This is an effective mental trick that can help you center your mind and bring back focus into what you are doing.
4. Don’t Skip Meals
Eating might be the last thing on your mind when you’re stressed and anxious. But when you’re hitting the road, never be on an empty stomach. The reason behind this is you wouldn’t want to risk yourself getting any dizzier than you may get.
It’s possible for someone who is anxious to feel nauseous or dizzy. But if you’re on an empty stomach, you’re going to find it even harder to focus, as you’ll feel even more nauseous. A full meal isn’t necessary if you don’t have the time for it. Even a piece of banana will do.
5. Breathe In Fresh Air
Perhaps in the middle of your first drive after a car crash incident, you started to feel dizzy and overwhelmed. When this happens, one of the best things you could do is to cool off. Keep the air conditioner temperature cold or roll down your windows.
The cold air on your face and hands may help you feel calmer. This tip can be a big help, especially when you have symptoms like feeling sweaty and lightheaded.
6. Stay Away From Too Much Caffeine
While you might think that coffee can boost focus and productivity, caffeine can also increase feelings of anxiety. Remember that coffee is a stimulant. For some people, one of the direct effects of drinking coffee is having palpitations or feeling even more agitated.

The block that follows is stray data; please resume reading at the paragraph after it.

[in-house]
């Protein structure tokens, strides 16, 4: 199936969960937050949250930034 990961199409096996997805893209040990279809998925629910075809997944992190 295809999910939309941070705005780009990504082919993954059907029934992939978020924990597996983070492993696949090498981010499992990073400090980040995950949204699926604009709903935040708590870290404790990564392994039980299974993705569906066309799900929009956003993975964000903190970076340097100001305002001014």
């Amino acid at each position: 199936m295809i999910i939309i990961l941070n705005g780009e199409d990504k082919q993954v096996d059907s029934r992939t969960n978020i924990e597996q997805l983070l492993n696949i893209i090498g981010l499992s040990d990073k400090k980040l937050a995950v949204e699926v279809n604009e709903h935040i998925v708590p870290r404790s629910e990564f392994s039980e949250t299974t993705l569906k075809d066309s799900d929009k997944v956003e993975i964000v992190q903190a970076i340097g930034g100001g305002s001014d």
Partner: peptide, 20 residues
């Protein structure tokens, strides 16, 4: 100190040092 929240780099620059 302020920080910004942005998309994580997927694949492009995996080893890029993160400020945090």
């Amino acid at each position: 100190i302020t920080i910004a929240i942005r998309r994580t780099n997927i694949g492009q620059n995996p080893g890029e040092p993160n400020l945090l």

Since you’re still in the process of managing your driving anxiety, you may want to reduce your coffee intake for now. Instead of drinking coffee, water will do. If you’re not a fan of water, calming tea or a healthy breakfast smoothie helps.
7. Practice Breathing Exercises
Driving anxiety can bring panic attacks. This is a scary thing to experience especially when you’re on the road. As terrifying as it may be, all you have to remember is to take small, deep breaths. Focus on breathing in and breathing out. This can help in calming down your thoughts and anxieties.
Breathing evenly can help you redirect your focus back on the wheel and relieve the overwhelming feeling on your chest.
8. Take It Easy On Yourself
Don’t be too hard on yourself. Remember, there’s no rush. Some may experience brief anxiety, while there are those who may go through it for a longer time. Even if you think that your progress is slow, just keep going. Don’t stop driving. Take it one distance at a time and one day at a time. And before you know it, you’ll regain the confidence to drive just like you used to before.
Distress or fear of driving can happen for a number of reasons. But for those who have been involved in a car accident, it’s mostly due to the fear of possibly being in a crash again. It’s normal to feel anxious or afraid to try again, but you shouldn’t let your anxiety take control of your life.
There’s a way to slowly get back on your feet. Take the baby steps such as those listed above to help you start your journey on overcoming your driving anxiety.